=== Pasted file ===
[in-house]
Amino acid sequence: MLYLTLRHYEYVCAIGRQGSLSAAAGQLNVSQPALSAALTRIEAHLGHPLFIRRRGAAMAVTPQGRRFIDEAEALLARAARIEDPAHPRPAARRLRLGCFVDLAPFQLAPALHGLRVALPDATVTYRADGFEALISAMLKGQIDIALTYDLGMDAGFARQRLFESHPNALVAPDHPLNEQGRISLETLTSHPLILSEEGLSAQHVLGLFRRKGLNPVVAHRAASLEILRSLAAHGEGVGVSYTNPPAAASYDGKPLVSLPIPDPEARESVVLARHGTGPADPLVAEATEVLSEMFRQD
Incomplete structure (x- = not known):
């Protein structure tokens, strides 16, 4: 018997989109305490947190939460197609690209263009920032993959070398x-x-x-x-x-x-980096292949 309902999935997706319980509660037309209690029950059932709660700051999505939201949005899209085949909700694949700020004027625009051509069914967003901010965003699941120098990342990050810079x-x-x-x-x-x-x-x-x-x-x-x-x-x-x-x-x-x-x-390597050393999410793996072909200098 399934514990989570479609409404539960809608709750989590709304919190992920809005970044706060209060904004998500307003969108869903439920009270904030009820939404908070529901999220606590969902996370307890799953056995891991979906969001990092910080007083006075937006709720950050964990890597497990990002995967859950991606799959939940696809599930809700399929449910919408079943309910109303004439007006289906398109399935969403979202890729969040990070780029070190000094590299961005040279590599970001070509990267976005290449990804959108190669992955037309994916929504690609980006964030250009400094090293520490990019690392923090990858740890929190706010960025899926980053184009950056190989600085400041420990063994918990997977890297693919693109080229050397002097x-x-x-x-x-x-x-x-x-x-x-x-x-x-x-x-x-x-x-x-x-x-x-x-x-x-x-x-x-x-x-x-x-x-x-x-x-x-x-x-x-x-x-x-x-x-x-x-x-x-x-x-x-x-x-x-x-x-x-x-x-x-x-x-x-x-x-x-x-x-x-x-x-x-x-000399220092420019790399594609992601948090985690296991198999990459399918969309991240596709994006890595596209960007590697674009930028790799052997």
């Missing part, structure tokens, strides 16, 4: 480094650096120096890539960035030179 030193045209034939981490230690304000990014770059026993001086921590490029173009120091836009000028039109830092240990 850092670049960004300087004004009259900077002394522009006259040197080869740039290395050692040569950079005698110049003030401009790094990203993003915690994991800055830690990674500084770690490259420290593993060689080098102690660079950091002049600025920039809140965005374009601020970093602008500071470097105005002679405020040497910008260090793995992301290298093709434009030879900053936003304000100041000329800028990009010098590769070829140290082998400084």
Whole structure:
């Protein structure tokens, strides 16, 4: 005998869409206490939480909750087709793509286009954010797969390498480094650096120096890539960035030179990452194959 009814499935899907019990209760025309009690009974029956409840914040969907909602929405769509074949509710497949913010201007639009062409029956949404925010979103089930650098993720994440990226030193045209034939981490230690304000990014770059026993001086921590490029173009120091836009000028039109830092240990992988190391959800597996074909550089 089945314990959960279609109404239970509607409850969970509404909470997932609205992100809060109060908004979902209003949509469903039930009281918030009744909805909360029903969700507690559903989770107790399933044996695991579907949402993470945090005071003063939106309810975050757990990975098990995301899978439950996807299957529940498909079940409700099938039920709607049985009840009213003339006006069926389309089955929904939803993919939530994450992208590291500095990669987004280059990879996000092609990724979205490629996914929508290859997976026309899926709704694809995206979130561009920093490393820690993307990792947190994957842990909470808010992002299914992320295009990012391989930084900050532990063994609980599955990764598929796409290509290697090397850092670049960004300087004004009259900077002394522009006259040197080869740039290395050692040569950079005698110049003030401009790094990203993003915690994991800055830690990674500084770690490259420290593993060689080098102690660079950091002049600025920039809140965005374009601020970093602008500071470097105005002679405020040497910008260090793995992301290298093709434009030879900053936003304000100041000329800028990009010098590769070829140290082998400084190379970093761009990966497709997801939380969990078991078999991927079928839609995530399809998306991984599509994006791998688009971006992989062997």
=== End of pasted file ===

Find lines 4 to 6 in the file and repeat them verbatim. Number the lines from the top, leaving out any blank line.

């Protein structure tokens, strides 16, 4: 018997989109305490947190939460197609690209263009920032993959070398x-x-x-x-x-x-980096292949 309902999935997706319980509660037309209690029950059932709660700051999505939201949005899209085949909700694949700020004027625009051509069914967003901010965003699941120098990342990050810079x-x-x-x-x-x-x-x-x-x-x-x-x-x-x-x-x-x-x-390597050393999410793996072909200098 399934514990989570479609409404539960809608709750989590709304919190992920809005970044706060209060904004998500307003969108869903439920009270904030009820939404908070529901999220606590969902996370307890799953056995891991979906969001990092910080007083006075937006709720950050964990890597497990990002995967859950991606799959939940696809599930809700399929449910919408079943309910109303004439007006289906398109399935969403979202890729969040990070780029070190000094590299961005040279590599970001070509990267976005290449990804959108190669992955037309994916929504690609980006964030250009400094090293520490990019690392923090990858740890929190706010960025899926980053184009950056190989600085400041420990063994918990997977890297693919693109080229050397002097x-x-x-x-x-x-x-x-x-x-x-x-x-x-x-x-x-x-x-x-x-x-x-x-x-x-x-x-x-x-x-x-x-x-x-x-x-x-x-x-x-x-x-x-x-x-x-x-x-x-x-x-x-x-x-x-x-x-x-x-x-x-x-x-x-x-x-x-x-x-x-x-x-x-x-000399220092420019790399594609992601948090985690296991198999990459399918969309991240596709994006890595596209960007590697674009930028790799052997």
């Missing part, structure tokens, strides 16, 4: 480094650096120096890539960035030179 030193045209034939981490230690304000990014770059026993001086921590490029173009120091836009000028039109830092240990 850092670049960004300087004004009259900077002394522009006259040197080869740039290395050692040569950079005698110049003030401009790094990203993003915690994991800055830690990674500084770690490259420290593993060689080098102690660079950091002049600025920039809140965005374009601020970093602008500071470097105005002679405020040497910008260090793995992301290298093709434009030879900053936003304000100041000329800028990009010098590769070829140290082998400084």
Whole structure: